Here’s the crux of the problem: When something is easy, people will do more of it.
When you produce your whole site by hand, from HEAD to /BODY, you begin in a world of infinite possibility. You can tailor your content exactly how you like it, and organize it in any way you please. Every design decision you make represents roughly equal work because, heck, you’ve gotta do it by hand either way. Whether it’s reverse chronological entries or a tidy table of contents. You might as well do what you want.
But once you are given a tool that operates effortlessly — but only in a certain way — every choice that deviates from the standard represents a major cost.
That’s what happened as Movable Type ate the blogosphere.
Homepage production became suddenly a question of economics:
- Go with the system’s default format: zero work.
- Customizing the system to your format: way more work than pure HTML ever was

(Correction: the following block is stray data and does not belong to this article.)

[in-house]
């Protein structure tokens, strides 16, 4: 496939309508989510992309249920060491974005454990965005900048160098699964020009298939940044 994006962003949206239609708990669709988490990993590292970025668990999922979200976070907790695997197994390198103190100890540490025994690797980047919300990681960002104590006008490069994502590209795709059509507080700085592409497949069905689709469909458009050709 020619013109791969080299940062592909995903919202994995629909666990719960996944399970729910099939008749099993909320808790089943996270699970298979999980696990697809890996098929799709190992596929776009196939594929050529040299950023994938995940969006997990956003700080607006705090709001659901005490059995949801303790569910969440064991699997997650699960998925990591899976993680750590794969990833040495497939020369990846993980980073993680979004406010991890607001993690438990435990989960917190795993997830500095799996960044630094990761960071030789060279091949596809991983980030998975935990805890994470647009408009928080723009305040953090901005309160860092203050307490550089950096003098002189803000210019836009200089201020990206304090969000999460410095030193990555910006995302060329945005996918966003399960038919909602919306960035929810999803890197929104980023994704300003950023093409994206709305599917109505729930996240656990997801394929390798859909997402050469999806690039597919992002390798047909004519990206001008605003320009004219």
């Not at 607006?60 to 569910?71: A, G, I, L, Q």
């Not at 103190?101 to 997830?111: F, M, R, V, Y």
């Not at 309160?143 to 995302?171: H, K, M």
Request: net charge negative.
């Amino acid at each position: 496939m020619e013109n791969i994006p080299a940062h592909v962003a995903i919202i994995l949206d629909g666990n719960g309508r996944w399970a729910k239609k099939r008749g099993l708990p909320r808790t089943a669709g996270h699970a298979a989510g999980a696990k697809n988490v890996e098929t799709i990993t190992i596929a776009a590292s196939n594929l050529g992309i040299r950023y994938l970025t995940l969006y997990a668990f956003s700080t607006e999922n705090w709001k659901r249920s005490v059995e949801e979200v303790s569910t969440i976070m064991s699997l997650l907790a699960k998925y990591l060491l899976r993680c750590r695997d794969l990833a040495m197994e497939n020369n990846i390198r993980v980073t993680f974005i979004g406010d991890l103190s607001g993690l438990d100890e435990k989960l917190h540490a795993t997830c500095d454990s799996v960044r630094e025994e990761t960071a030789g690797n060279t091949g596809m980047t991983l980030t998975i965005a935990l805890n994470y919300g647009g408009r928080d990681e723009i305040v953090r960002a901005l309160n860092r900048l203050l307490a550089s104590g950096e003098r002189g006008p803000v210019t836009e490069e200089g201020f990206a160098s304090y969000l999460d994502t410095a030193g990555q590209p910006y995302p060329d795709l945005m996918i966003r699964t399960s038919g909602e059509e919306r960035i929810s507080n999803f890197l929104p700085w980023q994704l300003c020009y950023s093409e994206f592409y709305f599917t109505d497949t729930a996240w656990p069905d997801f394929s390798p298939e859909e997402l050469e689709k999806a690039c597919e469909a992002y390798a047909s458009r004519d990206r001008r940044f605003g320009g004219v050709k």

And who, once offered a path of least resistance, has the energy to fight it all the way?
The format won.
It was easier — faster! — to literally go with the flow… of time.
This reminded me how I hand coded my homepage back in the day. I was trying to look for screenshots to post here, but ended up looking at the Wayback Machine instead and to my surprise as many as 7 captures! See some: 1, 2, 4, 5. I had never looked up the Archive for my own website!
Here’s a screenshot from the time after I had switched from .com to a .in domain:
Further, I have been thinking and posting about how social media killed the Internet, but I was astonished to see how that thinking can be applied to blogging as well as this article argues, quite intriguing! Had I just fallen into the trap of the classic Luddite argument of opposing new technology?
Update (Aug 15, 2018): I found a better explanation of the problem here: The Garden and the Stream: A Technopastoral.